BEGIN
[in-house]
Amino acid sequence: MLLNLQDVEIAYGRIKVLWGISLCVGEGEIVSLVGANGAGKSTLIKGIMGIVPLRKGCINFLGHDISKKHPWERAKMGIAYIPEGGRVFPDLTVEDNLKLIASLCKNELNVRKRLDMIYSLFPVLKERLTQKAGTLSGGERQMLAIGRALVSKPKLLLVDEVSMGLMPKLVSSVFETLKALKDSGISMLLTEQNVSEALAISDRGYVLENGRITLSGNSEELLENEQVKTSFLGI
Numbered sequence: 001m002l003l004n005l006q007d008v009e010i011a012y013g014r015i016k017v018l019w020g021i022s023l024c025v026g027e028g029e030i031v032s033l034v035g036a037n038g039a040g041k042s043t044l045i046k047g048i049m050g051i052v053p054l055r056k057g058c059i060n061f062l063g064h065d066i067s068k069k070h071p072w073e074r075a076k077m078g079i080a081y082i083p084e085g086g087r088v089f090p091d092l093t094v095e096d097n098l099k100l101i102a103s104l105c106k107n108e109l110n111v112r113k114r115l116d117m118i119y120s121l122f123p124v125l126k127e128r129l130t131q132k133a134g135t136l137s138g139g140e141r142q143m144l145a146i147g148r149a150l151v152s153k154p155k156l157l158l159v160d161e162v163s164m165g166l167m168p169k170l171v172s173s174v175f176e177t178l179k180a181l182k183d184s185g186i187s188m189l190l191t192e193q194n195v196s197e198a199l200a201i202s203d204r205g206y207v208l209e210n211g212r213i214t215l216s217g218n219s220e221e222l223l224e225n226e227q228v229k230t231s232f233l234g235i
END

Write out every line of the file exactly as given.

[in-house]
Amino acid sequence: MLLNLQDVEIAYGRIKVLWGISLCVGEGEIVSLVGANGAGKSTLIKGIMGIVPLRKGCINFLGHDISKKHPWERAKMGIAYIPEGGRVFPDLTVEDNLKLIASLCKNELNVRKRLDMIYSLFPVLKERLTQKAGTLSGGERQMLAIGRALVSKPKLLLVDEVSMGLMPKLVSSVFETLKALKDSGISMLLTEQNVSEALAISDRGYVLENGRITLSGNSEELLENEQVKTSFLGI
Numbered sequence: 001m002l003l004n005l006q007d008v009e010i011a012y013g014r015i016k017v018l019w020g021i022s023l024c025v026g027e028g029e030i031v032s033l034v035g036a037n038g039a040g041k042s043t044l045i046k047g048i049m050g051i052v053p054l055r056k057g058c059i060n061f062l063g064h065d066i067s068k069k070h071p072w073e074r075a076k077m078g079i080a081y082i083p084e085g086g087r088v089f090p091d092l093t094v095e096d097n098l099k100l101i102a103s104l105c106k107n108e109l110n111v112r113k114r115l116d117m118i119y120s121l122f123p124v125l126k127e128r129l130t131q132k133a134g135t136l137s138g139g140e141r142q143m144l145a146i147g148r149a150l151v152s153k154p155k156l157l158l159v160d161e162v163s164m165g166l167m168p169k170l171v172s173s174v175f176e177t178l179k180a181l182k183d184s185g186i187s188m189l190l191t192e193q194n195v196s197e198a199l200a201i202s203d204r205g206y207v208l209e210n211g212r213i214t215l216s217g218n219s220e221e222l223l224e225n226e227q228v229k230t231s232f233l234g235i